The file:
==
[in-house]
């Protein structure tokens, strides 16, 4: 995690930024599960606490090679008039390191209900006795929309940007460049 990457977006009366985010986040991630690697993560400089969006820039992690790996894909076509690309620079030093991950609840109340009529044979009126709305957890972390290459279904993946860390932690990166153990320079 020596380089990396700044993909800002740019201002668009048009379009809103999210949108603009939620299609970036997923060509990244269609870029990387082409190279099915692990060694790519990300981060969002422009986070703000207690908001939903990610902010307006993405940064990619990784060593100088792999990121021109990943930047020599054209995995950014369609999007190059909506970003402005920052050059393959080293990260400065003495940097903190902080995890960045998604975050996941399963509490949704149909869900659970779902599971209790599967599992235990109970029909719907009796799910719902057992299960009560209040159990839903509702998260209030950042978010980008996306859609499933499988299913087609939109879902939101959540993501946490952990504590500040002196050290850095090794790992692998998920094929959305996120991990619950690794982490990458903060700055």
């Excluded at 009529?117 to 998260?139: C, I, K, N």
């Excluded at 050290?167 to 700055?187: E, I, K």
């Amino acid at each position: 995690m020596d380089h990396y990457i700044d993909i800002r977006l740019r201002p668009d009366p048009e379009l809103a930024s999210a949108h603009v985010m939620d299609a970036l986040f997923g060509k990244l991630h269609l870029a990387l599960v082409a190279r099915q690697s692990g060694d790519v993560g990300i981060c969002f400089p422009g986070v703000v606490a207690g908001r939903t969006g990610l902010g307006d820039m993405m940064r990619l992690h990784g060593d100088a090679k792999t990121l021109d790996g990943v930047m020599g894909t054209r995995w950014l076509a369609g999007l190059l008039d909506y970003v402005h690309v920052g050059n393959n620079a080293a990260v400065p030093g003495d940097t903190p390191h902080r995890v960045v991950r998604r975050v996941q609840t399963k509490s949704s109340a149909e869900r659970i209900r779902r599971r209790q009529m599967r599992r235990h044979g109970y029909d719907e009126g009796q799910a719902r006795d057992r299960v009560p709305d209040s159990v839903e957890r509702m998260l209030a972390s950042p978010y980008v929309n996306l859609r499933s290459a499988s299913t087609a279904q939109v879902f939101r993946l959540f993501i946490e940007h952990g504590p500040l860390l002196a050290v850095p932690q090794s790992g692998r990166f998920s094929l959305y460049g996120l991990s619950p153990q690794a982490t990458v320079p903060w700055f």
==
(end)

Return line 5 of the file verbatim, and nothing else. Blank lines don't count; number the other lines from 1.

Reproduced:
């Amino acid at each position: 995690m020596d380089h990396y990457i700044d993909i800002r977006l740019r201002p668009d009366p048009e379009l809103a930024s999210a949108h603009v985010m939620d299609a970036l986040f997923g060509k990244l991630h269609l870029a990387l599960v082409a190279r099915q690697s692990g060694d790519v993560g990300i981060c969002f400089p422009g986070v703000v606490a207690g908001r939903t969006g990610l902010g307006d820039m993405m940064r990619l992690h990784g060593d100088a090679k792999t990121l021109d790996g990943v930047m020599g894909t054209r995995w950014l076509a369609g999007l190059l008039d909506y970003v402005h690309v920052g050059n393959n620079a080293a990260v400065p030093g003495d940097t903190p390191h902080r995890v960045v991950r998604r975050v996941q609840t399963k509490s949704s109340a149909e869900r659970i209900r779902r599971r209790q009529m599967r599992r235990h044979g109970y029909d719907e009126g009796q799910a719902r006795d057992r299960v009560p709305d209040s159990v839903e957890r509702m998260l209030a972390s950042p978010y980008v929309n996306l859609r499933s290459a499988s299913t087609a279904q939109v879902f939101r993946l959540f993501i946490e940007h952990g504590p500040l860390l002196a050290v850095p932690q090794s790992g692998r990166f998920s094929l959305y460049g996120l991990s619950p153990q690794a982490t990458v320079p903060w700055f």